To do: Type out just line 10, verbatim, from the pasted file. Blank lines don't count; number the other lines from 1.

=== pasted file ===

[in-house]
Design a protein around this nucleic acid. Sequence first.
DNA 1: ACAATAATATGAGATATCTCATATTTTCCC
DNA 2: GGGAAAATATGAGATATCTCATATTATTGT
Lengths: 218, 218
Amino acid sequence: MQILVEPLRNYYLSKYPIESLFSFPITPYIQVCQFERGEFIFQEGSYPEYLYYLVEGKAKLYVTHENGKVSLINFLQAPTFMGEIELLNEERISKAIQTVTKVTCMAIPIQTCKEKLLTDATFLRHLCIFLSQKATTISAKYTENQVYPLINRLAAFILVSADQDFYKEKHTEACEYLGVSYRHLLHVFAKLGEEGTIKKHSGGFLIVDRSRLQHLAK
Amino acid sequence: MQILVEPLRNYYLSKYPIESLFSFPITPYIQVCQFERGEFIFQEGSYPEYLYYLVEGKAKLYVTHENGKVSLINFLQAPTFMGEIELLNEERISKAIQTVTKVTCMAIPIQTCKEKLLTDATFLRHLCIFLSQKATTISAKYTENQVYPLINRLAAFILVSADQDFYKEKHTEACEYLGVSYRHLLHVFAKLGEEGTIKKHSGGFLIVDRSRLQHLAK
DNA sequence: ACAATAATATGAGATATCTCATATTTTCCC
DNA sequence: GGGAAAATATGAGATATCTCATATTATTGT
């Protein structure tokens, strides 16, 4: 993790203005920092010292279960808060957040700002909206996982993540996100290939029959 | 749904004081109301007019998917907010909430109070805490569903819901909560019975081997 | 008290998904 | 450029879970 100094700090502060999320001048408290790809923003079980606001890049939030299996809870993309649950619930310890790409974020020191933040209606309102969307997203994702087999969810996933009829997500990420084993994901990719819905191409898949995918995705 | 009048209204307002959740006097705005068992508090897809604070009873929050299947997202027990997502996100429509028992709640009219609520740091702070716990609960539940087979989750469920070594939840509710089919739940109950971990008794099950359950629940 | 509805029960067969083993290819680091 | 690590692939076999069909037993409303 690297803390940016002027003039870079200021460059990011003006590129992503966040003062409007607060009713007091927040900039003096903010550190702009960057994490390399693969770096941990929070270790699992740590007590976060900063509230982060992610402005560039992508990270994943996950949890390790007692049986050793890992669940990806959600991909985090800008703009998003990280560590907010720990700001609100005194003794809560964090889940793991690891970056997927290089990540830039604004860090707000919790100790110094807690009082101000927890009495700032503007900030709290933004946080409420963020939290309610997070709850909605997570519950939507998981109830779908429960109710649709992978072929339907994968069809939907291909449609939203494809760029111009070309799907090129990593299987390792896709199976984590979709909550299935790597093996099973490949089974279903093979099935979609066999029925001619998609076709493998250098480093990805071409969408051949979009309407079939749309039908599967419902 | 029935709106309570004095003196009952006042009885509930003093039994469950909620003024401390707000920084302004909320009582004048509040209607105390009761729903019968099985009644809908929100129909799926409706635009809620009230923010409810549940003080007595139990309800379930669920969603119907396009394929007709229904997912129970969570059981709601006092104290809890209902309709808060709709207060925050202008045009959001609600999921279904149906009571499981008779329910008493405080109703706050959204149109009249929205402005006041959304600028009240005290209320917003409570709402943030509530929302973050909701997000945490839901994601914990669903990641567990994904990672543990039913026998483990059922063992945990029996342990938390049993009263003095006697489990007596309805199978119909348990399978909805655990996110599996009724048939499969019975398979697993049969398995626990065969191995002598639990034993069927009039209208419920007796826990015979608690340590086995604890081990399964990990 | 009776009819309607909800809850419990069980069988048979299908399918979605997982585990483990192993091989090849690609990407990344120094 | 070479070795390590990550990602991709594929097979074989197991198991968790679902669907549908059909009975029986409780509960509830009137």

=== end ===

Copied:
């Protein structure tokens, strides 16, 4: 993790203005920092010292279960808060957040700002909206996982993540996100290939029959 | 749904004081109301007019998917907010909430109070805490569903819901909560019975081997 | 008290998904 | 450029879970 100094700090502060999320001048408290790809923003079980606001890049939030299996809870993309649950619930310890790409974020020191933040209606309102969307997203994702087999969810996933009829997500990420084993994901990719819905191409898949995918995705 | 009048209204307002959740006097705005068992508090897809604070009873929050299947997202027990997502996100429509028992709640009219609520740091702070716990609960539940087979989750469920070594939840509710089919739940109950971990008794099950359950629940 | 509805029960067969083993290819680091 | 690590692939076999069909037993409303 690297803390940016002027003039870079200021460059990011003006590129992503966040003062409007607060009713007091927040900039003096903010550190702009960057994490390399693969770096941990929070270790699992740590007590976060900063509230982060992610402005560039992508990270994943996950949890390790007692049986050793890992669940990806959600991909985090800008703009998003990280560590907010720990700001609100005194003794809560964090889940793991690891970056997927290089990540830039604004860090707000919790100790110094807690009082101000927890009495700032503007900030709290933004946080409420963020939290309610997070709850909605997570519950939507998981109830779908429960109710649709992978072929339907994968069809939907291909449609939203494809760029111009070309799907090129990593299987390792896709199976984590979709909550299935790597093996099973490949089974279903093979099935979609066999029925001619998609076709493998250098480093990805071409969408051949979009309407079939749309039908599967419902 | 029935709106309570004095003196009952006042009885509930003093039994469950909620003024401390707000920084302004909320009582004048509040209607105390009761729903019968099985009644809908929100129909799926409706635009809620009230923010409810549940003080007595139990309800379930669920969603119907396009394929007709229904997912129970969570059981709601006092104290809890209902309709808060709709207060925050202008045009959001609600999921279904149906009571499981008779329910008493405080109703706050959204149109009249929205402005006041959304600028009240005290209320917003409570709402943030509530929302973050909701997000945490839901994601914990669903990641567990994904990672543990039913026998483990059922063992945990029996342990938390049993009263003095006697489990007596309805199978119909348990399978909805655990996110599996009724048939499969019975398979697993049969398995626990065969191995002598639990034993069927009039209208419920007796826990015979608690340590086995604890081990399964990990 | 009776009819309607909800809850419990069980069988048979299908399918979605997982585990483990192993091989090849690609990407990344120094 | 070479070795390590990550990602991709594929097979074989197991198991968790679902669907549908059909009975029986409780509960509830009137």